The toxicity of menadione and mitozantrone in human liver-derived Hep G2 hepatoma cells

S J Duthie, M H Grant

    Research output: Contribution to journalArticle

    36 Citations (Scopus)

    Abstract

    The cytotoxic properties of quinone drugs such as menadione and adriamycin are thought to be mediated through one-electron reduction to semiquinone free radicals. Redox cycling of the semiquinones results in the generation of reactive oxygen species and in oxidative damage. In this study the toxicity of mitozantrone, a novel quinone anticancer drug, was compared with that of menadione in human Hep G2 hepatoma cells. Mitozantrone toxicity in these cells was not mediated by the one-electron reduction pathway. In support of this, inhibition of the enzymes glutathione reductase and catalase, responsible for protecting the cells from oxidative damage, did not affect the response of the Hep G2 cells to mitozantrone, whereas it exacerbated menadione toxicity. In addition, the toxicity of menadione was preceded by depletion of reduced glutathione which was probably due to oxidation of the glutathione. Mitozantrone did not cause glutathione depletion prior to cell death. DT-diaphorase activity and intracellular glutathione were found to protect the cells from the toxicity of both quinones. Inhibition of epoxide hydrolase potentiated mitozantrone toxicity but did not affect that of menadione. Our experiments indicate that mitozantrone toxicity may involve activation to an epoxide intermediate. Both quinone drugs inhibited cytochrome P-450-dependent mixed-function oxidase activity, although menadione was more potent in this respect.
    Original languageEnglish
    Pages (from-to)1247-55
    Number of pages9
    JournalBiochemical Pharmacology
    Volume38
    Issue number8
    Publication statusPublished - 1989

    Fingerprint

    Vitamin K 3
    Mitoxantrone
    Hep G2 Cells
    Liver
    Toxicity
    Hepatocellular Carcinoma
    Glutathione
    Pharmaceutical Preparations
    Electrons
    NAD(P)H Dehydrogenase (Quinone)
    Epoxide Hydrolases
    Quinones
    Glutathione Reductase
    Epoxy Compounds
    Mixed Function Oxygenases
    Catalase
    Doxorubicin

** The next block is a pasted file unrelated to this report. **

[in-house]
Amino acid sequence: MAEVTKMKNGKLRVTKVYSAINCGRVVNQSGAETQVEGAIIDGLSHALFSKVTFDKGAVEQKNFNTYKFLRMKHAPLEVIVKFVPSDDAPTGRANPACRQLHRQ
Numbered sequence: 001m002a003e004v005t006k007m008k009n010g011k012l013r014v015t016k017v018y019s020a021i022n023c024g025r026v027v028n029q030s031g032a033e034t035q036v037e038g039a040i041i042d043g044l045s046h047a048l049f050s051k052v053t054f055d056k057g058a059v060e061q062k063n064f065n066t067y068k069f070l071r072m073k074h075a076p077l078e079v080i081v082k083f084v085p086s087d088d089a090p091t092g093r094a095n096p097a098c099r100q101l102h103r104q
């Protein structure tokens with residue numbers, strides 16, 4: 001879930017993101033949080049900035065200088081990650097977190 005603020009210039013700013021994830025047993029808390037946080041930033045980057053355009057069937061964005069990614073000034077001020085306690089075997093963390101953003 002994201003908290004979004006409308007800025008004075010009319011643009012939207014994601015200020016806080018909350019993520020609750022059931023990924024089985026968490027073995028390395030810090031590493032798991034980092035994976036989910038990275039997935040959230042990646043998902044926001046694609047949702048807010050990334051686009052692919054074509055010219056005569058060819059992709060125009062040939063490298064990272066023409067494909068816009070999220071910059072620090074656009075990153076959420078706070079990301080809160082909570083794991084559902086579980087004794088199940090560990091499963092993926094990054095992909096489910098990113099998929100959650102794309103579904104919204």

Cytochrome P-450 Enzyme System
    Cell death
    Oxidation-Reduction

    Keywords

    • Adult
    • Biotransformation
    • Carcinoma, Hepatocellular
    • Cell Survival
    • Epoxide Hydrolases
    • Glutathione
    • Glutathione Transferase
    • Humans
    • Liver Neoplasms
    • Metabolic Detoxication, Drug
    • Mitoxantrone
    • Oxidation-Reduction
    • Oxidoreductases
    • Tumor Cells, Cultured
    • Vitamin K

    Cite this

    The toxicity of menadione and mitozantrone in human liver-derived Hep G2 hepatoma cells. / Duthie, S J; Grant, M H.

    In: Biochemical Pharmacology, Vol. 38, No. 8, 1989, p. 1247-55.

    Research output: Contribution to journalArticle

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    abstract = "The cytotoxic properties of quinone drugs such as menadione and adriamycin are thought to be mediated through one-electron reduction to semiquinone free radicals. Redox cycling of the semiquinones results in the generation of reactive oxygen species and in oxidative damage. In this study the toxicity of mitozantrone, a novel quinone anticancer drug, was compared with that of menadione in human Hep G2 hepatoma cells. Mitozantrone toxicity in these cells was not mediated by the one-electron reduction pathway. In support of this, inhibition of the enzymes glutathione reductase and catalase, responsible for protecting the cells from oxidative damage, did not affect the response of the Hep G2 cells to mitozantrone, whereas it exacerbated menadione toxicity. In addition, the toxicity of menadione was preceded by depletion of reduced glutathione which was probably due to oxidation of the glutathione. Mitozantrone did not cause glutathione depletion prior to cell death. DT-diaphorase activity and intracellular glutathione were found to protect the cells from the toxicity of both quinones. Inhibition of epoxide hydrolase potentiated mitozantrone toxicity but did not affect that of menadione. Our experiments indicate that mitozantrone toxicity may involve activation to an epoxide intermediate. Both quinone drugs inhibited cytochrome P-450-dependent mixed-function oxidase activity, although menadione was more potent in this respect.",
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    N2 - The cytotoxic properties of quinone drugs such as menadione and adriamycin are thought to be mediated through one-electron reduction to semiquinone free radicals. Redox cycling of the semiquinones results in the generation of reactive oxygen species and in oxidative damage. In this study the toxicity of mitozantrone, a novel quinone anticancer drug, was compared with that of menadione in human Hep G2 hepatoma cells. Mitozantrone toxicity in these cells was not mediated by the one-electron reduction pathway. In support of this, inhibition of the enzymes glutathione reductase and catalase, responsible for protecting the cells from oxidative damage, did not affect the response of the Hep G2 cells to mitozantrone, whereas it exacerbated menadione toxicity. In addition, the toxicity of menadione was preceded by depletion of reduced glutathione which was probably due to oxidation of the glutathione. Mitozantrone did not cause glutathione depletion prior to cell death. DT-diaphorase activity and intracellular glutathione were found to protect the cells from the toxicity of both quinones. Inhibition of epoxide hydrolase potentiated mitozantrone toxicity but did not affect that of menadione. Our experiments indicate that mitozantrone toxicity may involve activation to an epoxide intermediate. Both quinone drugs inhibited cytochrome P-450-dependent mixed-function oxidase activity, although menadione was more potent in this respect.

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